Judge David Johnson thinks that sometimes "top brass" is best described without the t, o, p, b, or r.
Our review of The Tillman Story, published February 5th, 2011, is also available.
A mystery. A cover up. A crime. One family will risk everything for the truth.
Pat Tillman was a household name in 2002. We all heard the story: he dropped a promising football career and enlisted in the Army following 9/11. Then he was killed. And his heroism and sacrifice were lauded across the land. Turns out the story isn't as simple as that.
Facts of the Case
In 2002, college football start Pat Tillman shocked his family by joining the Army. After several combat tours, Tillman was killed in the hills of Afghanistan. Originally thought to be KIA from an enemy fusillade, it was later revealed he had suffered from friendly fire—a fact that was held back from the family.
As his service was lauded, his death grieved and he became an icon for the selfless patriot (which, really, he was) the family held suspicions that things were shady and this film chronicles the utter dumbness of the Pentagon brass in trying to craft fiction that suited a narrative.
Seriously, these guys are dumb-asses. I'm about as far from Noam Chomsky (who allegedly was set to meet with Tillman when he returned from combat) as you get and even I am flabbergasted at the utter ineptitude and dickishness of the Pentagon highers-up that thought it would be a good idea to keep the truth from Tillman's family and promote a misshapen portrait of a young man who seemingly did not want his life to be used in such a way.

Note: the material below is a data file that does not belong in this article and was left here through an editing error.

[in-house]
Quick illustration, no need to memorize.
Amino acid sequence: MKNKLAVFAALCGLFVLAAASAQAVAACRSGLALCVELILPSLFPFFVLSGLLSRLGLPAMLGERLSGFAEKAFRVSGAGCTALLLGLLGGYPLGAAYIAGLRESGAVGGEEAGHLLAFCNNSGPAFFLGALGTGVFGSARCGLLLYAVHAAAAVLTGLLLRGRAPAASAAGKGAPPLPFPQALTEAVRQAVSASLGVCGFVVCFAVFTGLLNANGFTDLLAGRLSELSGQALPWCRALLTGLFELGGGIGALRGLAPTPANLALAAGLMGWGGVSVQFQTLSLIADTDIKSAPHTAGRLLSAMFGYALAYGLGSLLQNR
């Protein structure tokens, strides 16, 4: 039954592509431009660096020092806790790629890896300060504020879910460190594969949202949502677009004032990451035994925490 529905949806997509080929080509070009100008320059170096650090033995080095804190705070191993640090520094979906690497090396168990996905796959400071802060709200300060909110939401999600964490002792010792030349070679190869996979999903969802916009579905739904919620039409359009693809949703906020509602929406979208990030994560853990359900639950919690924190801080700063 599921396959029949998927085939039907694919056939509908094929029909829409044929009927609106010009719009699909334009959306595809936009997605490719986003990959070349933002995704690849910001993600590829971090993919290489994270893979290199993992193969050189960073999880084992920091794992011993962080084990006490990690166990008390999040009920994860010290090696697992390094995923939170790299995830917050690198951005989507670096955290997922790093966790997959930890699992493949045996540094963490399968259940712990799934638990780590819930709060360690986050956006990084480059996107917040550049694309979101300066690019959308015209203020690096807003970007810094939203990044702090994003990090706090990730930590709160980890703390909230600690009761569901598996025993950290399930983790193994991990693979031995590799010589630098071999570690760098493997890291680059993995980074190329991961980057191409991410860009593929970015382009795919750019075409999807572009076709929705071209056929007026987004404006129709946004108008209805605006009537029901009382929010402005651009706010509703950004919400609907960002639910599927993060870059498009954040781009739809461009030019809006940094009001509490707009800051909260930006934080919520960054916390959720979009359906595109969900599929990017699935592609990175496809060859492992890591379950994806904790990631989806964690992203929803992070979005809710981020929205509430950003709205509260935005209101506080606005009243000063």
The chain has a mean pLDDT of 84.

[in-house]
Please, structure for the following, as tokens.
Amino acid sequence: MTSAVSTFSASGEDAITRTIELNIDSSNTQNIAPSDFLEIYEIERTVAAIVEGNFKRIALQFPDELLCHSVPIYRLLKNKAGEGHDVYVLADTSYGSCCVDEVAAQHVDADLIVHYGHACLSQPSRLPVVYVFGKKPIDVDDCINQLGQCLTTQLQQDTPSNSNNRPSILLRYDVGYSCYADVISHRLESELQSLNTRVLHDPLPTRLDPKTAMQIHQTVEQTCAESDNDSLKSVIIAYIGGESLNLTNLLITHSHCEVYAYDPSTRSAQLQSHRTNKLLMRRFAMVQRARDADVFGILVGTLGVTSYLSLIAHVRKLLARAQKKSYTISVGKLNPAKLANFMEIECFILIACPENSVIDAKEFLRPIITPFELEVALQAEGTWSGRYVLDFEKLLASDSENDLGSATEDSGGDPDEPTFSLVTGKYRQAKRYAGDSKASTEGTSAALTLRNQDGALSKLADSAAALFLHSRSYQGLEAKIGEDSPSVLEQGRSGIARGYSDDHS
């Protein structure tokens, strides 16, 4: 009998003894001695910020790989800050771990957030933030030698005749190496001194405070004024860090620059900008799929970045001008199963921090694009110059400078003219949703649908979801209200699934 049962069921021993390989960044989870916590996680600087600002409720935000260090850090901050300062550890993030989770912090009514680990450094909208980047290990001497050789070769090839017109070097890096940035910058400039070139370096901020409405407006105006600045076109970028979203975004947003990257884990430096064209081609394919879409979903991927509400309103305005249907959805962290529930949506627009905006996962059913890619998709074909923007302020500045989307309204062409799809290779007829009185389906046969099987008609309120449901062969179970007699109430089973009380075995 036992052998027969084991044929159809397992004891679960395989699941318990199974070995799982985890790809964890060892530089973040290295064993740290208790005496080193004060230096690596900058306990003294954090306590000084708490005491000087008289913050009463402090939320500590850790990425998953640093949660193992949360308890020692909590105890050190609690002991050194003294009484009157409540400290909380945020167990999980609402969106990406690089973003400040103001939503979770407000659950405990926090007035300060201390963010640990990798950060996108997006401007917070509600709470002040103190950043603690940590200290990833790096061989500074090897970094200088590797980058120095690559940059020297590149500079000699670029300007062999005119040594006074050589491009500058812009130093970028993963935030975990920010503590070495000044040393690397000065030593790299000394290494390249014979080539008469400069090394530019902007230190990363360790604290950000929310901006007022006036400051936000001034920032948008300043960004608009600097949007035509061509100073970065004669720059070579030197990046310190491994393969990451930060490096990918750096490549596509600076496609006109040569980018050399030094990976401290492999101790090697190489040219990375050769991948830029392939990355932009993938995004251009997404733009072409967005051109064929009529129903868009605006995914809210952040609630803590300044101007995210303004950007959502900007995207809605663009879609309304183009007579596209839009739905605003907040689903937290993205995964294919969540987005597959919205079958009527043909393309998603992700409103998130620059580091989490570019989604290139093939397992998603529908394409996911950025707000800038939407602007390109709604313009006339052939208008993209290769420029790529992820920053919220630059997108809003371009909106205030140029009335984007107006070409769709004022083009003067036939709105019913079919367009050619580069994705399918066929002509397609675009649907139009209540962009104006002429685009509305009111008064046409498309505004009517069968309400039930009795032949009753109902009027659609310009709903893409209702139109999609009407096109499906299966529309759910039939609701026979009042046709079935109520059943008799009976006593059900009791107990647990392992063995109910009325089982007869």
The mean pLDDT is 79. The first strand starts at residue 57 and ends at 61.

Director Amir Bar-Lev has put together a compelling documentary on this sad episode, chronicling Tillman's life, leading up to his sure-fire career in pro football and his stunning decision to put it on hold and join the military. (Which in itself is still remarkable and applause-worthy, by the way; whatever political views he may have held, the stink-bomb cover-up should not detract from what is a genuinely noble move.)
Bar-Lev eventually gets into the nuts of bolts of the friendly fire incident, utilizing footage of the Army investigator's video tour re-creation and interviews with Tillman's comrades. Then it's on to the most provocative elements of the film, the revelations of the cover-up, the family's emotional fallout and their trek to Capitol Hill to attend hearings on the matter—and sit there frustrated.
It makes for a captivating odyssey of a family trying to get to the truth and that emotional punch anchors the film. These folks were misled and their slain son was propped up as PR mechanism.
The Blu-ray looks and sounds great, the 1.78:1, 1080p transfer a clear and highly detailed slab of HD. Everything comes across nicely, even the candid footage from the memorial service and the investigator's walk-through. A clean, but sedate 5.1 DTS-HD Master Audio pushes the sound. Granted, The Tillman Story isn't going to occupy the same reference disc space as, say, Transformers, but it's a well-performing technical presentation. One extra: a director's commentary.
The Rebuttal Witnesses
There is one major issue I have with the film. As the incident is re-created, there is a not-so-subtle implication that Tillman wasn't merely killed by friendly fire, but assassinated (though all reports indicate he was well-liked by his unit). Mrs. Tillman speculates that the convoy stopped and opened fire not because of the fog of war but because they wanted to light off some ammo. I cede to her moral authority when it comes to her son and the cover-up, but I stop short on her battlefield theorizing.
The Tillman Story is a strong documentary and the Blu-ray is well put-together. More extras would have been appreciated.
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